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The Illinois Law That Requires Drivers to Render Aid to Injured Cyclists

Published on Dec 23, 2020 at 3:02 pm in Bicycle Accidents.

Illinois law requires drivers to render aid to cyclists

Throughout Illinois, in cities and rural areas, individuals have taken to riding bicycles to get around in a more healthy, cost-effective, and ecofriendly way.  While many drivers have grown accustomed to sharing the roads with bicyclists, accidents between motor vehicles and bicycles still happen. These bicycle accidents are especially dangerous for cyclists because they are more exposed on a bike, and their bodies usually take the force of the blow from the vehicle.

The National High Traffic Safety Administration (NHTSA) reports that in 2017, 26 pedalcyclists were killed in traffic accidents in Illinois. Under Illinois law, drivers in the state are responsible for rendering aid to injured cyclists after an accident occurs. This is due to the fact that motor vehicles and bicycles can cause such serious injuries to any cyclists.

Illinois Code Requiring Drivers to Aid Injured Cyclists

In the Illinois Vehicle Code, Section 11-401 states that the driver who caused a motor vehicle accident that resulted in personal injury or death or property damage must stay on the scene until the police and emergency services arrive. Further down in that chapter, Section 11-403 elaborates more deeply on that requirement, and states that the driver who caused the accident must give information and render aid to the person they struck with their vehicle.

In terms of the information they must give, the section outlines that the driver must share their:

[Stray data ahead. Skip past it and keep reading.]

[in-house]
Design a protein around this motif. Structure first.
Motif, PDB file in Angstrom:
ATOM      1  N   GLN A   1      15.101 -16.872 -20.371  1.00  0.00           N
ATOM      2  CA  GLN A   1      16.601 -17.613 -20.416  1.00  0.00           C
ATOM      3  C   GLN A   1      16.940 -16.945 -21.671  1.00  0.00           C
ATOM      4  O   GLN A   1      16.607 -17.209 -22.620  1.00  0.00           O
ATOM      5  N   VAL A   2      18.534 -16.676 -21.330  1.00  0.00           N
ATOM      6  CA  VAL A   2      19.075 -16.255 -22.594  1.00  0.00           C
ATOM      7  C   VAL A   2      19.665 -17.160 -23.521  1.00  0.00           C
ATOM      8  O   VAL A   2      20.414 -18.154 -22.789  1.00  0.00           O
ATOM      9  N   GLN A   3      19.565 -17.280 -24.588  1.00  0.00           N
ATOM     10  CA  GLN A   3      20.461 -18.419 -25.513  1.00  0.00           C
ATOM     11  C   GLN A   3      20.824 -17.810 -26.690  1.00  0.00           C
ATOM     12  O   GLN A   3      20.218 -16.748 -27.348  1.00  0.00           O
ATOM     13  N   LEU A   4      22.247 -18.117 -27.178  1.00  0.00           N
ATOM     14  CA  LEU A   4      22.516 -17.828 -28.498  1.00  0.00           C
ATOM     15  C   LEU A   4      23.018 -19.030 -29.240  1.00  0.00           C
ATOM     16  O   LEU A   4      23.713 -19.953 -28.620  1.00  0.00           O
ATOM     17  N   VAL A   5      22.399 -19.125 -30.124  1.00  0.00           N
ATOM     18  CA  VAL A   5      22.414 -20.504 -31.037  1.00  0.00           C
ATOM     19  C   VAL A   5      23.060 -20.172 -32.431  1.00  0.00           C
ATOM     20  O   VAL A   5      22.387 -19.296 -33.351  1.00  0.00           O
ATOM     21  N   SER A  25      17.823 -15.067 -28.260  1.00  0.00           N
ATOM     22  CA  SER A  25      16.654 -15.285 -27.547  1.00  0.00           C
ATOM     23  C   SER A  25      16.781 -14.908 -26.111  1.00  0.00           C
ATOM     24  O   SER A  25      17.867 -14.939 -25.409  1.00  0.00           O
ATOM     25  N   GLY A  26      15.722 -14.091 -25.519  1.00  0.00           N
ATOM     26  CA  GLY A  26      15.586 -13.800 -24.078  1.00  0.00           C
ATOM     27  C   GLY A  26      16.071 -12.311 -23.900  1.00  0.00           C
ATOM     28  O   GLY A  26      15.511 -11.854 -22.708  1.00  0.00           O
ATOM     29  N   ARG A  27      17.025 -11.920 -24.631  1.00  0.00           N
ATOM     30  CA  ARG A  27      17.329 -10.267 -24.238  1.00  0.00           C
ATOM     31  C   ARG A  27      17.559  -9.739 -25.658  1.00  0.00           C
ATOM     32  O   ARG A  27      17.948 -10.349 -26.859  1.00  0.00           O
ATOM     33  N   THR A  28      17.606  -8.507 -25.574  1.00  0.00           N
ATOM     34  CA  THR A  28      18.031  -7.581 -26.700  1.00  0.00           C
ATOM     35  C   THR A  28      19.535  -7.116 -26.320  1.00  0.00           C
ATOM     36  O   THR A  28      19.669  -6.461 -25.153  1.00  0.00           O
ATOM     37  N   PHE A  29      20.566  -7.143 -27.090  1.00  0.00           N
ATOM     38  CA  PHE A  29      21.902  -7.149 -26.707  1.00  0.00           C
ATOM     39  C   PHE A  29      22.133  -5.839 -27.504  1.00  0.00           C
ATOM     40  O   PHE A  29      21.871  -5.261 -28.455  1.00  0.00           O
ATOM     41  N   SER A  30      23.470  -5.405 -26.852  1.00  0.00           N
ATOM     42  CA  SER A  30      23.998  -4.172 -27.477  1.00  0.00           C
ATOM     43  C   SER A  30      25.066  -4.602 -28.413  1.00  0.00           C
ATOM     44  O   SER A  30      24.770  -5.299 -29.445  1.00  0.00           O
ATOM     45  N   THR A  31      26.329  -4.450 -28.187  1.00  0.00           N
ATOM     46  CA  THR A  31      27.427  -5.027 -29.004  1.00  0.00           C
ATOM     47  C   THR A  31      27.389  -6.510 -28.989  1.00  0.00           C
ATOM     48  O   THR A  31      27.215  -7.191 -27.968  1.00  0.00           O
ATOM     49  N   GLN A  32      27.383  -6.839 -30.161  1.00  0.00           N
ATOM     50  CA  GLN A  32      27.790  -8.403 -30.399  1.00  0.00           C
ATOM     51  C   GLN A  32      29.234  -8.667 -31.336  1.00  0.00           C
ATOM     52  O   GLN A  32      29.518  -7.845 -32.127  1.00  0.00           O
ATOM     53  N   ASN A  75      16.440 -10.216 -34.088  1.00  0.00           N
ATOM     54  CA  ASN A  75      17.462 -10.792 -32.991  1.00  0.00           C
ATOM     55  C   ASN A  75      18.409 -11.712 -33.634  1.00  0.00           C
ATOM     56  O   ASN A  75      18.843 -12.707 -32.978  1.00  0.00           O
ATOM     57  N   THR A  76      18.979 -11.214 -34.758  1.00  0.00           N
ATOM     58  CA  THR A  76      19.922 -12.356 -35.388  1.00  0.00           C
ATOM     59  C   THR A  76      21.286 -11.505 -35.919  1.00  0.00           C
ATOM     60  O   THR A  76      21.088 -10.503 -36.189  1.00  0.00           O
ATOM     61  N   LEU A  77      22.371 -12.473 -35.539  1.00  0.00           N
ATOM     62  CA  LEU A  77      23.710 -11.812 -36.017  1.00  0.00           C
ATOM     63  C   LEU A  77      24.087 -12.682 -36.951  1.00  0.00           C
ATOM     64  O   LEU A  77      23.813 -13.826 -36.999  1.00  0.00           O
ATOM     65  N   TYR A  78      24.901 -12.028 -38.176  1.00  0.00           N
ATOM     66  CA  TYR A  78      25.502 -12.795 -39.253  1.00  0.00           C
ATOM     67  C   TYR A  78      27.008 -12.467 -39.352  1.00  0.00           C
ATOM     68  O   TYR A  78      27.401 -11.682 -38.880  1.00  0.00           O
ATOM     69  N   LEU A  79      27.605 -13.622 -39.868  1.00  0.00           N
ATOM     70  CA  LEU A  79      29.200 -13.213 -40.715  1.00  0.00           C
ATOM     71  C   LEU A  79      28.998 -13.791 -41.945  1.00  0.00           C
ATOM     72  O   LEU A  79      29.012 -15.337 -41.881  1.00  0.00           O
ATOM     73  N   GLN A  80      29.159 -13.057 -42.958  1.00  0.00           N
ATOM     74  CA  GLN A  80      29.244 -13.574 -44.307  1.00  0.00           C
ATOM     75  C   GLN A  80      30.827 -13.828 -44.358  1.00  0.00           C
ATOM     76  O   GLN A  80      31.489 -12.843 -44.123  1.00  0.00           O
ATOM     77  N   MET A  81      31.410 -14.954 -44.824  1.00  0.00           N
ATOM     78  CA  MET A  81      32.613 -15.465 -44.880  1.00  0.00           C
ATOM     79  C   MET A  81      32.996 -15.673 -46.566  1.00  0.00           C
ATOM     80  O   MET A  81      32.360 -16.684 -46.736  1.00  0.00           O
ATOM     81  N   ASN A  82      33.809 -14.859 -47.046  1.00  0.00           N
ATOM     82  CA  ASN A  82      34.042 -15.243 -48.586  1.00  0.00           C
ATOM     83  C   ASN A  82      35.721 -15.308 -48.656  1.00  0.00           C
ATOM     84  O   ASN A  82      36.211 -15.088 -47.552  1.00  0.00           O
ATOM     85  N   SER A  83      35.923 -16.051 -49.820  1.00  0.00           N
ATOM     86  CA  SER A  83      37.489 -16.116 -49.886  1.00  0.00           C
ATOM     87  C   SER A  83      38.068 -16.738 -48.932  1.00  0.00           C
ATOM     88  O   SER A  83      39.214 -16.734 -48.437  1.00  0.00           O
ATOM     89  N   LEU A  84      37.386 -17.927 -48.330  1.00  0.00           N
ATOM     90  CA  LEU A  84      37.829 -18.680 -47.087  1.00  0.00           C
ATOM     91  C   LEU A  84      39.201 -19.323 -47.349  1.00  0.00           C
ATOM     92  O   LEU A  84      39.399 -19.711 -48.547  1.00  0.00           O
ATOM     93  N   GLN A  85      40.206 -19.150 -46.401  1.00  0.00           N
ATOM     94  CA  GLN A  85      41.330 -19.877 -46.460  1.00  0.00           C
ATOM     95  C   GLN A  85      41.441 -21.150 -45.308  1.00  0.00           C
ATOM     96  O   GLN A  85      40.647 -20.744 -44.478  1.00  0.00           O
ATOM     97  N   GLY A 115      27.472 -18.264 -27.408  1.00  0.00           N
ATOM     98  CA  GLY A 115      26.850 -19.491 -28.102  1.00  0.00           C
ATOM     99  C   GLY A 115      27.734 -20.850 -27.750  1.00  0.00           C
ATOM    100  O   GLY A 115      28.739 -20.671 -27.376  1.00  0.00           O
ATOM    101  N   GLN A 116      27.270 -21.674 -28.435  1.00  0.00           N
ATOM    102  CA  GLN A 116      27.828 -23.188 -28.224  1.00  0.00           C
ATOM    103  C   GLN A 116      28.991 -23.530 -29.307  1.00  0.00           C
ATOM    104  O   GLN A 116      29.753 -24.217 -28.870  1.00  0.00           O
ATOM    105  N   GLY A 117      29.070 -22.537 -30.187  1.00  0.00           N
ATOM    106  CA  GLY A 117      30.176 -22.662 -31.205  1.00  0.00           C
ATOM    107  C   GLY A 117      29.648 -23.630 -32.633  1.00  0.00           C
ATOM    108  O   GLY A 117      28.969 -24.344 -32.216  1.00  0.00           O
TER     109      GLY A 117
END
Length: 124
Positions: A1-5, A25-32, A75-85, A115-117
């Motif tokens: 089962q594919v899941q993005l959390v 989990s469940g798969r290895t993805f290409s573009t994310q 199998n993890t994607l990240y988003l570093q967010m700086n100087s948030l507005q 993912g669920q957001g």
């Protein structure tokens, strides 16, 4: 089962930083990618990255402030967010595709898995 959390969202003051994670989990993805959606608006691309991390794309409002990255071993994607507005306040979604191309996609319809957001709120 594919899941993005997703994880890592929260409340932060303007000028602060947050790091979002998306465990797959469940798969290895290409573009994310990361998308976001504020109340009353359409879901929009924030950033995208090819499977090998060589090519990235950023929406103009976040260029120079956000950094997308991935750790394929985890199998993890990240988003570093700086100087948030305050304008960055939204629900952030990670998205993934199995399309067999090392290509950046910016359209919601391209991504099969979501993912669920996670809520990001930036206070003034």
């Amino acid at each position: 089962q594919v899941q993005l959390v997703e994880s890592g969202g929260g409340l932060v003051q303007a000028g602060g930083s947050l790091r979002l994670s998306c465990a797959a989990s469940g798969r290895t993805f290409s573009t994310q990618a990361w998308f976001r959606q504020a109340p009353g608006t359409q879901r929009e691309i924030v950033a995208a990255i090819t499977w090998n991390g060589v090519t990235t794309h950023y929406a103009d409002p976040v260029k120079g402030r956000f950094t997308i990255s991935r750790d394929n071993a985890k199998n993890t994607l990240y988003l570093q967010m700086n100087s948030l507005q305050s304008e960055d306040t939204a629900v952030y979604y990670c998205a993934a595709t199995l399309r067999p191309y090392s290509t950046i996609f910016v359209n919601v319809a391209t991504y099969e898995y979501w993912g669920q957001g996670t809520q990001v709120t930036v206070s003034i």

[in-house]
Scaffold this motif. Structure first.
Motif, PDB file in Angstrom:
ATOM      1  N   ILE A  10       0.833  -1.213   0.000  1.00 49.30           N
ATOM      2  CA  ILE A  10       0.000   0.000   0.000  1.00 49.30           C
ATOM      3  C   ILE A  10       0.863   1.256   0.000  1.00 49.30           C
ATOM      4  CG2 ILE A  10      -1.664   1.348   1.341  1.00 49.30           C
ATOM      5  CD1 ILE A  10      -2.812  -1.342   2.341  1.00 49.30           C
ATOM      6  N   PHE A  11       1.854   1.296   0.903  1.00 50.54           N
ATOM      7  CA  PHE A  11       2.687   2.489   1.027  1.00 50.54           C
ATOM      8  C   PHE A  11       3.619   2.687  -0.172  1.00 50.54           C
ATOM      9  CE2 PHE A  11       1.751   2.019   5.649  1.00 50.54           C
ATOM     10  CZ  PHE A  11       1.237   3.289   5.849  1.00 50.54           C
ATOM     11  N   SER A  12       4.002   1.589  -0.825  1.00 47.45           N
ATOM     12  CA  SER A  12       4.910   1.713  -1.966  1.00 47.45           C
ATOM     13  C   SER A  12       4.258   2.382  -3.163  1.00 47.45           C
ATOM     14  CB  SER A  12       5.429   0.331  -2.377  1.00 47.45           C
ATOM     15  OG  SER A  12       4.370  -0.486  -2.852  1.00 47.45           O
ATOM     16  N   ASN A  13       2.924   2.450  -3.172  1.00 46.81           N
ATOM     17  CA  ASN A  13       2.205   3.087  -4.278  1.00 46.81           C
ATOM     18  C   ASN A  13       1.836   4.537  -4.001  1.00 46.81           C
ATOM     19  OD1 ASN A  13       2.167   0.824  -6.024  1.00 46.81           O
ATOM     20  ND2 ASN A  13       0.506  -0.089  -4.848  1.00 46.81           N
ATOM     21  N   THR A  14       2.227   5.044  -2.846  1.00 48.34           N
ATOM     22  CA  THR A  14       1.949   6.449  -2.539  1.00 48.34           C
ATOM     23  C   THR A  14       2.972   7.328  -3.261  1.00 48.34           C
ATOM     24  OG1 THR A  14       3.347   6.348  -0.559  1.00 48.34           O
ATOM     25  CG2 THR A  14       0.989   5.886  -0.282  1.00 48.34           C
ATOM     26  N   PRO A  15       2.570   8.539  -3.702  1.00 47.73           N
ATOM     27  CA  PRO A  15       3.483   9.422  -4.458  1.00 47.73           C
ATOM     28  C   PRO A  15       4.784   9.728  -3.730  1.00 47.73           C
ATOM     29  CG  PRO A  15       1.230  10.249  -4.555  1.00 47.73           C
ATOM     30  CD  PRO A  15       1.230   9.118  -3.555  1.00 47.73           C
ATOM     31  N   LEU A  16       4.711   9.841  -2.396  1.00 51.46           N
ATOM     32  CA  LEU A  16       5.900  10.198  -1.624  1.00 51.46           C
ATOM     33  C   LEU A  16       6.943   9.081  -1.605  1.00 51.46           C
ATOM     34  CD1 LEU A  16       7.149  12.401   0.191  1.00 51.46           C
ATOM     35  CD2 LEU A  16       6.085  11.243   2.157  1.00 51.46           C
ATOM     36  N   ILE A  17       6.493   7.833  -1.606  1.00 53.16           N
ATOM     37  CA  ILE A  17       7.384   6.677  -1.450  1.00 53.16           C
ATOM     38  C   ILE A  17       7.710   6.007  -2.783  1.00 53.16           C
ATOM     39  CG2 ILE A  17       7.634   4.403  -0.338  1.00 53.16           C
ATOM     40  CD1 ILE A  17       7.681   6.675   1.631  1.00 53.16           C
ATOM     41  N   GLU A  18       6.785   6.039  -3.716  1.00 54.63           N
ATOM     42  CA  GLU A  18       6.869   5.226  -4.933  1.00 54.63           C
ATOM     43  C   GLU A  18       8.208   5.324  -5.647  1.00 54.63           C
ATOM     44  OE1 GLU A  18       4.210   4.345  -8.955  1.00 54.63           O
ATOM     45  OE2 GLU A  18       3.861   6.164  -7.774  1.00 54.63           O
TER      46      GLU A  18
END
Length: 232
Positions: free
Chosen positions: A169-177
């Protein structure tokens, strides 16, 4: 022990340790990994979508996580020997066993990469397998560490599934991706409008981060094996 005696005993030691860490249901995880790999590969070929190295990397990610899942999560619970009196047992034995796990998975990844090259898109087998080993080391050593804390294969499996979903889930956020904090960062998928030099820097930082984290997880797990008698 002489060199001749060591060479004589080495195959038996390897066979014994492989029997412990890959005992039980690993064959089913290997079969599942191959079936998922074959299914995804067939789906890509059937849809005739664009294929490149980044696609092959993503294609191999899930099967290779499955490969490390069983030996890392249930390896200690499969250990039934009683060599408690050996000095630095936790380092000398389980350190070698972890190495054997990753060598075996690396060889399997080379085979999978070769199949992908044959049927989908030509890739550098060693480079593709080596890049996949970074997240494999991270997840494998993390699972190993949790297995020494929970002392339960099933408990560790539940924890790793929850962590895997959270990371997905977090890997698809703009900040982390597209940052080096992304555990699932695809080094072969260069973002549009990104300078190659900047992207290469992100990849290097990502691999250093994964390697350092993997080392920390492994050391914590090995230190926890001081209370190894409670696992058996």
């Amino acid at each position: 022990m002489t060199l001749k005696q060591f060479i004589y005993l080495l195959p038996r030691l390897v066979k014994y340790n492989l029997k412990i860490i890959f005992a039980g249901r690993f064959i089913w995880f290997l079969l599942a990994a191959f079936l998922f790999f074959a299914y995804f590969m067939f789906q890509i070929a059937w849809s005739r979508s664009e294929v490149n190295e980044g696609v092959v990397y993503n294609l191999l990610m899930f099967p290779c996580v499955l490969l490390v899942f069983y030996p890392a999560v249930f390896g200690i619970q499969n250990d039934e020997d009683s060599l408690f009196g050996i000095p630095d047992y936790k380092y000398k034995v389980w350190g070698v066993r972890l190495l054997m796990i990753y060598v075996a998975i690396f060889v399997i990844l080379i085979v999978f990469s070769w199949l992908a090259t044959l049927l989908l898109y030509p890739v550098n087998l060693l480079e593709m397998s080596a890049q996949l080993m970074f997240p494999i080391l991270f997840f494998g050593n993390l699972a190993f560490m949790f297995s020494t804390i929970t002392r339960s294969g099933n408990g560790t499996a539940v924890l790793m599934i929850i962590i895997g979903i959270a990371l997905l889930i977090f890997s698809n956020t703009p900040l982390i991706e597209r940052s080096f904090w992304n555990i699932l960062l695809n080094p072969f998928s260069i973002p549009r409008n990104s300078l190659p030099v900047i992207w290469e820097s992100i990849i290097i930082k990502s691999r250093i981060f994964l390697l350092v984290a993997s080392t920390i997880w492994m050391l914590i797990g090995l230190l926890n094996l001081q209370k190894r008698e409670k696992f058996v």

• Name
  • Address
  • Registration number
  • Owner of the vehicle
  • Driver’s license

Even if the driver who caused the accident does not know first aid, they still have a legal obligation to render aid to the person they struck with their vehicle under Illinois law. In general, this means that the driver must call 911 and get emergency medical services on the scene, but there are other ways that they can render service that we’ll look into later.

Abandoning a person they injured with their car is considered a hit and run accident and is against the law. Once the paramedics and police arrive on the scene and begin helping the injured person, the at-fault driver is no longer required to assist them.

How to Render Aid to an Injured Cyclist

Even if you aren’t CPR certified, you still are required by law to render aid to a person you injure when you hit them with your vehicle. Care must also be taken to not injure the victim further when providing help. In most serious accidents, the best thing to do is stay with the injured person and call 911.

Here are some other actions that count as rendering aid to an injured cyclist:

  • Assisting the injured person in walking to a safer location
  • Carrying the injured person out of the road
  • Carrying them to a physician, surgeon, or hospital if treatment is necessary
  • Performing CPR if certified

Although you have a duty to help the injured person, if it appears they have a neck, back, or head injury, moving them could make their injury worse. In that case, it would be best to call for emergency services and not move the injured person until medical professionals arrive on the scene.

At Schweickert Ganassin Krzak Rundio, LLP, we know how devastating bicycle accidents can be. If you were a victim of a bicycle accident and are wondering what your legal options may be, we’re here to help. Contact us today for a free, no obligation consultation so we can discuss your potential claim.

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